20mm channelling/chasing for oval conduit using SDS+ drill and Armeg EBS Extended 20mm Channelling Chisel

Hi all,
I've just borrowed my mate's SDS+ drill and purchased the Armeg EBS Extended 20mm Channelling Chisel (from ScrewFix) to begin channelling plaster/breeze block for running 20mm oval conduit to some new boxes (12 ceiling-to-box chases and 12 floor-to-box chases) and I'm just wondering where to start! My electrician has already chased the plaster, which is not thick enough to cover/contain the conduit, which means I have the job of chasing slightly deeper channels in the breeze block (the electrician will not install conduit - only galvanised capping). I require conduit for the low voltage/data cabling to provide flexibility in the future!
Unfortunately, this is my first house and my DIY experience is rather limited! Consequently, I would like to ask the following question(s) (please):
1. What's the best way to mark cutting/chiselling/channelling lines on breeze block that has lots of "lines" from an angle grinder (chalk or something better?)? A big marker pen is fine on plaster, but not on breeze block! 2. Is it best to "score" or "define" the channels/chases (e.g. manually with a cold/bolster chisel) before going in with the SDS+ channelling chisel or can I just put the chisel to the breeze block and follow the marked lines like a maniac (I don't know because I've never used an SDS+ drill)? 3. Do the channelling chisels (or any SDS+ chisel attachment) have a tendency to "wander" if you're not very very careful? 4. Is it likely that I will accidentally channel through into my neighbour's house if I'm not very very (extremely) careful when channelling the breeze block wall? 5. Will a 20mm (wide) x 10mm (deep) ceiling-to-box or floor-to-box channel weaken my breeze block wall considerably? 6. With two channels per box, there's a total of about 70 metres of channelling to do (for the whole house)...Am I being irrational in tackling the job with such tools? 7. Will the SDS+ drill with channelling attachment be quicker (and tidier) than an angle grinder and cold/bolster chisel? 8. Approximately how long does it take to channel 1 metre of breeze block using an SDS+ drill with the correct attachment? 2 minutes? 10 minutes? 1 hour? 9. Alternatively, shall I just get my gloves and goggles on and learn from my first channel!?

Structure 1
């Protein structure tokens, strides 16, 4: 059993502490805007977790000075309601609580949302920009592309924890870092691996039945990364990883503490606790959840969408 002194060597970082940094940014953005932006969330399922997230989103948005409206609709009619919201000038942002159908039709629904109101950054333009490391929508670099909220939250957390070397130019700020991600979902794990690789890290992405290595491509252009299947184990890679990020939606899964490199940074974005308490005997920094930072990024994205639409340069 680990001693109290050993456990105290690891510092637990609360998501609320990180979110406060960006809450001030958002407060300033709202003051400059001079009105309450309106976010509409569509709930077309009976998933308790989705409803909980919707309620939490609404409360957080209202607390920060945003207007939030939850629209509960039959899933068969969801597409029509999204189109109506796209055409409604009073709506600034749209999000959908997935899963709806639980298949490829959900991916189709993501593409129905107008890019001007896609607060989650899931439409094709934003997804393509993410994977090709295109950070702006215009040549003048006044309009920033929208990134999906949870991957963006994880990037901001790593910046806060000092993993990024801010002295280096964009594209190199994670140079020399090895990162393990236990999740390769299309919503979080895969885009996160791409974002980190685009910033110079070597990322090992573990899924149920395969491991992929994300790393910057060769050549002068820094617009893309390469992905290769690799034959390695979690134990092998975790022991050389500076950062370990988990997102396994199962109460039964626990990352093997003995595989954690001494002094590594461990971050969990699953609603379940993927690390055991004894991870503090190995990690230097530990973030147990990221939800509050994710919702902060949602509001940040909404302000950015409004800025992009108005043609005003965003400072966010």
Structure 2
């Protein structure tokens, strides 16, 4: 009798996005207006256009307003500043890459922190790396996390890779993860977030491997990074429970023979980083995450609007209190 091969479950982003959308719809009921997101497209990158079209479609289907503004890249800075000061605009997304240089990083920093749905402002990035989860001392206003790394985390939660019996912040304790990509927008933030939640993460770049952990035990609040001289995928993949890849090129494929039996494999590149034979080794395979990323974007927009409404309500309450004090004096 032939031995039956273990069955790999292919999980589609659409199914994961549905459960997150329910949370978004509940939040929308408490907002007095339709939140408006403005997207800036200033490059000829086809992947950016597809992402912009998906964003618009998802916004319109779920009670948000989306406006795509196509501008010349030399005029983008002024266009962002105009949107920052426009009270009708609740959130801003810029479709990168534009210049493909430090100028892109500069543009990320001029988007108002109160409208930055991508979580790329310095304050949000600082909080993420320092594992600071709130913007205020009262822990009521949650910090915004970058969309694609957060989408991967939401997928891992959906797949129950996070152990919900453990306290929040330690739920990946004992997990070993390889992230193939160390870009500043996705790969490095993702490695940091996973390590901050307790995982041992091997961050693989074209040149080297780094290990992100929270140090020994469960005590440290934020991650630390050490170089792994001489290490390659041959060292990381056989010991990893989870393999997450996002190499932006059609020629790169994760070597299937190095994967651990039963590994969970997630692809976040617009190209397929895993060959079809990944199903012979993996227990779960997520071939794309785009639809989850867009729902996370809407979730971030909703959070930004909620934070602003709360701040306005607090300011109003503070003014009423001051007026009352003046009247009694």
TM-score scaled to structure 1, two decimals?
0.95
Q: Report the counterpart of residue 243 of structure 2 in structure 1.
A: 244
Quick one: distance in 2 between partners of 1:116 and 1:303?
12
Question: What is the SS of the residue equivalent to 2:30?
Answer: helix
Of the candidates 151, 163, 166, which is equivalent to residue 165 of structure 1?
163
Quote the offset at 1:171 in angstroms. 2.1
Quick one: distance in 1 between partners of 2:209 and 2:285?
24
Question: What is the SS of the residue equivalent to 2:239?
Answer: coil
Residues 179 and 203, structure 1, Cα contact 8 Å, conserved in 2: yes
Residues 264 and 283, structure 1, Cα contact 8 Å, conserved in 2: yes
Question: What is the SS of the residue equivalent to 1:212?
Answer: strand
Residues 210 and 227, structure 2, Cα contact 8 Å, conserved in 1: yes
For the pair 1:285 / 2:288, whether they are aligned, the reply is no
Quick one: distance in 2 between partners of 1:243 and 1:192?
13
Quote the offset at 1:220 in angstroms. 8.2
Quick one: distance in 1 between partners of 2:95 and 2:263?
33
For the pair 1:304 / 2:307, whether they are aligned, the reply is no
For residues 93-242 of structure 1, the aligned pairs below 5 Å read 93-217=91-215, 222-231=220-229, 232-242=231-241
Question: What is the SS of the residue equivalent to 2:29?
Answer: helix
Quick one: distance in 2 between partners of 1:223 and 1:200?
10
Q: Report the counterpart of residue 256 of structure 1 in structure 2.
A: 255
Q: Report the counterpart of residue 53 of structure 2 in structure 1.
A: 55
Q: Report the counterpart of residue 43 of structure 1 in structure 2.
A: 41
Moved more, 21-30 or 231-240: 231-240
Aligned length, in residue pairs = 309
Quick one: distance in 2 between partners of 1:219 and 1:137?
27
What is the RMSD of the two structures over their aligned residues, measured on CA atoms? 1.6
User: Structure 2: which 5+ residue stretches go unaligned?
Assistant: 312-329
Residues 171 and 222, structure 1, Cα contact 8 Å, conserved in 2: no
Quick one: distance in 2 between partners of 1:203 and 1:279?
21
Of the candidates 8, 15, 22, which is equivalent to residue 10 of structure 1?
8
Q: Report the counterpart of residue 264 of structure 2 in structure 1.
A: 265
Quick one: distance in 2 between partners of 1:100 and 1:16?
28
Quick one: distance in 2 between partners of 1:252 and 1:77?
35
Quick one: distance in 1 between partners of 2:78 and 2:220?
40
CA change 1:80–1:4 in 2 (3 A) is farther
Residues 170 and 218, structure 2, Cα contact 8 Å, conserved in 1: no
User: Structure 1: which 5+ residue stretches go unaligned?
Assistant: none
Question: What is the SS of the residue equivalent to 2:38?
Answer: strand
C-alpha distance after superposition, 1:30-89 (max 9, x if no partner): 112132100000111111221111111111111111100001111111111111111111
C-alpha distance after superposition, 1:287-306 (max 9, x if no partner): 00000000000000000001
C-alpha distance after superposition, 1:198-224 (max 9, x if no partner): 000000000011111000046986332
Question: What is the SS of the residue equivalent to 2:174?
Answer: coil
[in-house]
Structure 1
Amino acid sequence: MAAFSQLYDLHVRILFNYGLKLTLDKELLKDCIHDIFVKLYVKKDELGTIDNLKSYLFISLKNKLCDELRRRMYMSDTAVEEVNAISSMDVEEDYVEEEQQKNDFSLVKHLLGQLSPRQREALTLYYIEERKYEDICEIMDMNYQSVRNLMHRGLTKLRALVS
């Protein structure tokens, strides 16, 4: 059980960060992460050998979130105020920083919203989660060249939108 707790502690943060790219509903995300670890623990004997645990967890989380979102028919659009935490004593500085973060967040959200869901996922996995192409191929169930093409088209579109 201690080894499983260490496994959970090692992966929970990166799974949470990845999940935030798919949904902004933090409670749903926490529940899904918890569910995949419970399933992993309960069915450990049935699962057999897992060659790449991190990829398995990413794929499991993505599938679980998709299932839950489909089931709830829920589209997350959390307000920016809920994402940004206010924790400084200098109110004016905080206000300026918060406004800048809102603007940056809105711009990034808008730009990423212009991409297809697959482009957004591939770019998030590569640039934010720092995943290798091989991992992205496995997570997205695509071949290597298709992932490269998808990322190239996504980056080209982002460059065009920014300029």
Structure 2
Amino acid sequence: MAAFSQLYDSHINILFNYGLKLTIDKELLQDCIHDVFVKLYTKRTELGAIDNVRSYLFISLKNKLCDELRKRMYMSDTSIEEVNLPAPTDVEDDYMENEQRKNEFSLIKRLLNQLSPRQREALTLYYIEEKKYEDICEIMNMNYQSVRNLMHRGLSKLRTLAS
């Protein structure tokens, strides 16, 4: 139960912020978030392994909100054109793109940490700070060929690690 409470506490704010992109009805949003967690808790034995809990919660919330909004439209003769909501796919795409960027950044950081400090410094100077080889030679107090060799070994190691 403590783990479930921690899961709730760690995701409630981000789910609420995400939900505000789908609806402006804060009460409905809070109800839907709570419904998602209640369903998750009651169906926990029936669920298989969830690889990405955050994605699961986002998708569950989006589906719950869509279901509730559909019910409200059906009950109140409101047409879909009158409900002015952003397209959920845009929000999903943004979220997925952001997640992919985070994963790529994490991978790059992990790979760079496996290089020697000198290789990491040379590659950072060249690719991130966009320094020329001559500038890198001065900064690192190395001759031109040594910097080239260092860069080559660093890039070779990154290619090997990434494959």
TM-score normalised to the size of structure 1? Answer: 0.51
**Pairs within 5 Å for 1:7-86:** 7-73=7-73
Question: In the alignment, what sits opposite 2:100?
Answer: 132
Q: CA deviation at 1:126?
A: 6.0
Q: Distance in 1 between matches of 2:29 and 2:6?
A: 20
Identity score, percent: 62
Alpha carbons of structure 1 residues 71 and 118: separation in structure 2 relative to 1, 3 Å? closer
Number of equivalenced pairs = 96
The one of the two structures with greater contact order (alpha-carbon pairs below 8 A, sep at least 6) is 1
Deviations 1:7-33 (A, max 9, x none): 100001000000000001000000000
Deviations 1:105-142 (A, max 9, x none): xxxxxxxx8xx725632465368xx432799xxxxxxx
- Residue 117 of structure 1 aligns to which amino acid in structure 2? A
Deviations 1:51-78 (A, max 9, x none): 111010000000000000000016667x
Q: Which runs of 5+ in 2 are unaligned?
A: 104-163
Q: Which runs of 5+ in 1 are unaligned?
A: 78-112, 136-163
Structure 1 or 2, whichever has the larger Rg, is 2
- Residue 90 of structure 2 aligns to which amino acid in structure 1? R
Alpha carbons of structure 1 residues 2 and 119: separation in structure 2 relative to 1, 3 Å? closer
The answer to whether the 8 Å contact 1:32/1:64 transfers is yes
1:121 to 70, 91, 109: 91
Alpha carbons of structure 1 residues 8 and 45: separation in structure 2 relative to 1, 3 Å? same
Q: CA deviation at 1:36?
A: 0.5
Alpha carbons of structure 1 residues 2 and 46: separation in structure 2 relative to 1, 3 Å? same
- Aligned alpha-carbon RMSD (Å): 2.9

Evidently, I consider the conduit to be critical to completing the project, which means I'm willing to complete the work myself...
I would appreciate any suggestions regarding the nature of this work...
Thanks in advance.
Kind regards,
Scott McGowan
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Hi Scott, Relies embedded below - I recently bought one of these (mine's a 40mm I think, but I'm boasting now!) They're good, but need some practice. In breeze block they can be a bit brutal - My drill is a quite a biggie - Makita SuperMak/ 4.5kg. A smaller (less joules of hammer) drill would be better for breeze block. Mine is great for cutting channels in brick + masses quicker than a cold chisel.
Like a lot of these type of tools, practice makes perfect + try a small section first & beware of all the mess.
John

I use my 4'x2" spirt level & mark/score a line down each side of it.

the wall. When chiselling a plastered wall I normall manually chip the plaster top coat with hand chisel first, so Iit comes away more neatly.

afterwards.
engineering bricks then...

angle grinder.

the mess & dust (see next item)!

even better, esp. for use with Armegs box sinker.
PS You can get special wall chasing machines with dust extraction etc. But I have not tried these.
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"McGowan, Scott" wrote

Get a good quality SDS gouge (looks like you have !) that will hold a reasonably sharp edge, i.e. not one of those camembert ones from the sunday market. I paid ~18 for mine.
It will wander, take it slow and plan to take the material out in 2 passes until you're used to it, then you can be a bit bolder.
The angle as has been said before is critical here, too steep and you will knock chunks out of soft material.
Gloves and goggles are useful, as once you start you should continue for a reasonable run rather than doing 6 inches at a time.
Good luck,
Cheers,
Paul.
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